Born In Little Egypt

My Grandad was born in a region of Southern Illinois known as “Little Egypt” in 1928 on December 31st. His parents enjoyed the silent films of the era and my brother and I believe Grandad was named after a silent movie star.

I could honestly say, this post is brought to you by the generosity of my Grandad, a few years ago he helped me buy my laptop and when I got married, he paid for my Nikon D3100.

Standing TallThis photo was taken by my sister on my wedding day, notice how tall he is at 83 years? That’s even after gravity has taken a few inches.

Grandad worked hard his whole life. He left Illinois at 17 to join the Army – after his enlistment was up he went back to southern Illinois for a short time before turning around and joining the Air Force, he never went back, except to visit.

It was a good thing he left – the Air Force took him all over the world – including England, where he met his lovely bride and my Nana.

Just like out of an old movie, Grandad was in the hospital in England to have his appendix taken out. One afternoon, Grandad went down to another wing of the hospital to visit another GI buddy. This buddy of his had an English girl coming around to visit him and she was bringing a chaperone. This chaperone was a sixteen year old English Rose and my future Grandmother.

This is the part of the story that Grandad likes to say, “I gave a part of myself to have her.” He also likes to say he, “captured her.” Which is nice, because my husband says he captured me.

Grandad has recorded his life for his posterity and is in the process of having copies made for all of us.

There were some hard things for me to understand about Grandad – when we came to visit his house – he never let us grandkids sleep on the floor – for some reasons we always slept on the floor at home instead of our beds – so when we went to his house to visit – we all HAD to sleep in beds.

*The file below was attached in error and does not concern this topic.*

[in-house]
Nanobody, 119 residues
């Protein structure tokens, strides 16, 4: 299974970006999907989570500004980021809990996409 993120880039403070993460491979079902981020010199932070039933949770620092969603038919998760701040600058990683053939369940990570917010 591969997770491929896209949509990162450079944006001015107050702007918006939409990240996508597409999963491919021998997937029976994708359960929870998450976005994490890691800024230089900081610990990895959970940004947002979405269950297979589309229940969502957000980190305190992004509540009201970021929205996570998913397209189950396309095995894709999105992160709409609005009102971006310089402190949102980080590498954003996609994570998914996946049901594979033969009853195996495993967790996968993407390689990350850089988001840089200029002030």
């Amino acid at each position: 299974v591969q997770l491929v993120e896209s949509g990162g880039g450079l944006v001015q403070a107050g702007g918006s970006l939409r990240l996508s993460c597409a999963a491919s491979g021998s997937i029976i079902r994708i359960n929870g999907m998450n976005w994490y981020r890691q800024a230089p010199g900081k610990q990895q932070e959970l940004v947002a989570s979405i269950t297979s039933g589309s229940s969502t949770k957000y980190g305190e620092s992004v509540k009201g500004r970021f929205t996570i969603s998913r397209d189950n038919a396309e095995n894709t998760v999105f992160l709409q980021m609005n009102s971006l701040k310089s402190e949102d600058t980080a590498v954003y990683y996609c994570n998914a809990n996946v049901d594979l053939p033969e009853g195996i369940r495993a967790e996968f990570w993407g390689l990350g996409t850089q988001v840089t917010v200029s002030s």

What I learned later, from my Nana, was Grandad being the oldest of seven children had to sleep on floors or crammed into small pallets in their tiny home in southern Illinois. They were poor farmers in hard economic times. My Grandad and his brothers were entrepreneurs – hauling water to people, selling berries or any other way they could find to make some money.

Those life experiences have made him and his generation a generation of gratitude. I don’t believe that my generation really knows what it means to “go without.” I don’t know what it means to “go without.” I see a lot of entitlement and it makes me grateful that I have had a good relationship with my grandparents and the opportunity to learn from their life experiences.

Put your cell phones down when you are visiting grandma and grandpa – ask them questions about their life – it is more interesting and entertaining than you think.


Thank you for taking the time to tell your stories Grandad. I love you, Happy 84th Birthday today!

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